… It is important to remember that Ramcharitmanas by Tulsidas, Adhyatama Ramayan (Malayalam) by Ezhuthachan or Mahabharata (Odia) by Sarala Das are not translations of Valmiki’s Ramayana and Vyasa’s Mahabharata. These, and other such works, are retellings of the age-old narratives in accordance with the temperament of the times. In their creative intent and thought-content, they are original works.
The author is blunt when mentioning facts.
Unfortunately, we have internalized the colonial reconstruction of Indian history.
The author’s understanding of the human psyche and behavior is remarkable.
Ultimately, it is the individual’s temperament and attitude that determines what kind of stance s/he will choose from the available ones.
…everyone nurtures a longing of coming back at least once in life to his/her own “garden of delights”.
Many of us impose the present issues on, and seek their solutions from the past, thus violating the pastness of the past and harming both our present and future.
The worth of anything is appreciated more by those deprived of it; those possessing it tend to take it for granted.
A misogynist while discoursing on existential illusions known as “maya” and a woman while speaking of love – this is the main paradox of Kabir’s poetic sensibility.
The author also talks about the background of the poet, Malik Muhammad Jayasi. How he had spent time in a small village, how that village and its surroundings became the garden of desire for him; and many such aspects of the poet’s personal life is talked about. The author talks about the personal grief of the poet and his physical deformity too. One’s work is nothing but the reflection of one’s thoughts which often are results of one’s experiences and vice versa. The author reflects a really beautiful aspect of the poetry which many of us, otherwise, would have missed. That is:
It is remarkable that in the entire epic, no one is ridiculed on account of any kind of physical handicap or “ugliness”.
Padmavat, amongst other things, is also a powerful antidote to the disease of body shaming.
The author is good at exploring quite opposite emotions as well. For example, he talks about erotic stuff, grief, and heartbreak all with equal effectiveness.
Far from being a sin, the erotic desire can actually orient one to the divine.
This is the stuff tragedies are made of; one has to suffer without any fault on one’s part.
Grief burns you, it roasts you; it is deadlier than the vajra (the ultimate weapon of Indra, the king of devas). IT takes away your sense of shame (i.e. honour). Only he who has suffered, know what grief can do.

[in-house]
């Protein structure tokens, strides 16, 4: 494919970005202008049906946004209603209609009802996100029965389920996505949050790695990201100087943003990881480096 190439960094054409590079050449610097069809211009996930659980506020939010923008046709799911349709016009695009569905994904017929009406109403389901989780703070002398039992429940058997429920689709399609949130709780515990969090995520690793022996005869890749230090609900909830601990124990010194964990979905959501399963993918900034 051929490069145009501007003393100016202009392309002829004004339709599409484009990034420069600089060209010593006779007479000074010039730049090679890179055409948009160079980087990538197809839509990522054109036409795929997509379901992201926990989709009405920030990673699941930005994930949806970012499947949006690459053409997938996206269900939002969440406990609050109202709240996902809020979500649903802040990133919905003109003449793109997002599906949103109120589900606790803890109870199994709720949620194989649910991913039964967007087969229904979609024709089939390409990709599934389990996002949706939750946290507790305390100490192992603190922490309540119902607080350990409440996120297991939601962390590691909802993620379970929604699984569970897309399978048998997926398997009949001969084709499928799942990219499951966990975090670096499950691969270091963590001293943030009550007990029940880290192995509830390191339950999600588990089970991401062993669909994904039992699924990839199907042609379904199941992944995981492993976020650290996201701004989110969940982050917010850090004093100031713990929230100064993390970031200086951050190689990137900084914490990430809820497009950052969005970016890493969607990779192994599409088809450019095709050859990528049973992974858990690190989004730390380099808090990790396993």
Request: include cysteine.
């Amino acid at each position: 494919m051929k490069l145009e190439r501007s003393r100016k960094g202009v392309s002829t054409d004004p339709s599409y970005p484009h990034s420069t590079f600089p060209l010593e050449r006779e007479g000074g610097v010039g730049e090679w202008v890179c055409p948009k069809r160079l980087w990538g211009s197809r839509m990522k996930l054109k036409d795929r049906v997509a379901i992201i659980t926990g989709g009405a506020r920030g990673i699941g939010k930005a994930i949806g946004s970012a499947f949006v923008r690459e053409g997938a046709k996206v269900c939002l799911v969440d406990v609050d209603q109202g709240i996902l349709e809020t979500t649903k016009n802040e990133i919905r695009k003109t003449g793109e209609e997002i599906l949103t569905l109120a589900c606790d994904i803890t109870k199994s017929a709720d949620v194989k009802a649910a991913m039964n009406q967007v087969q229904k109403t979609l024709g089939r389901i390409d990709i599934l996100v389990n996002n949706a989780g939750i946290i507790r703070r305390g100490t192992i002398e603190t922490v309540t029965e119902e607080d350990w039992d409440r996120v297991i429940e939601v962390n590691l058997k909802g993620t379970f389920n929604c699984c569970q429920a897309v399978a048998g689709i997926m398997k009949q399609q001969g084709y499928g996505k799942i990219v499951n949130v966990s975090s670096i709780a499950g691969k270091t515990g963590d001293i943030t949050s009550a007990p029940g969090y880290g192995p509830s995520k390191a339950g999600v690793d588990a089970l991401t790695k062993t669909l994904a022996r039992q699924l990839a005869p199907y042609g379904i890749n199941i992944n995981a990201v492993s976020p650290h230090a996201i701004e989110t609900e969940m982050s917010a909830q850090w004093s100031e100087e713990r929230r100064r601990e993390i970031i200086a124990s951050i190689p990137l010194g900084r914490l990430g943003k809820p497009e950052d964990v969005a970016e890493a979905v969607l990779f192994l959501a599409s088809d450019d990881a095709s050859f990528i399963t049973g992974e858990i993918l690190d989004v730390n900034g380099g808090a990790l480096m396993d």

Love engulfs the lover and beloved in a parallel world of its own.
Separation in such profound love leads to equally strong emotions. In some cases, suffering a tragedy may cause self-destruction; while in others, it may lead to transformation through an aesthetic or spiritual practice.
The book has some lines which spread wisdom and often are hard-hitting at the point.
Only he who has seen the path himself can be a proper guide.
A true scholar does not bring himself to the market for sale, one who does so loses his knowledge.
We have often seen that often the stories revolve around the protagonists so much that the other characters get sidelined. Here, the author analyses how the poet hasn’t ignored other important characters.
Padmavat is not just about Ratansen and Padmini. It is also about Hiraman and Padmavati. It is not just about a man-woman love, it is also about true friendship.
The author also talks about various symbolic stuff and references from ancient Indian literature taken by Jayasi.
The seven seas symbolize the levels of various attachments and challenges, and the Kilkila, indicating the final confusion just before achieving clarity, is the most ferocious.
No “fort” can be entered without realizing one’s true nature (potentials and limitations). There is an echo of the Bhagavad Gita here, “One is one’s own best friend and worst adversary.”
The author analyzed the poetry from so many aspects that you will become a fan of Jayasi and the way he has implemented various stuff. The way the author talks about the knowledge of Jayasi in food and culinary stuff (and how Jayasi could have been a food-lover or a great researcher) is quite interesting. The author pinpoints some historical references about various vegetables as well.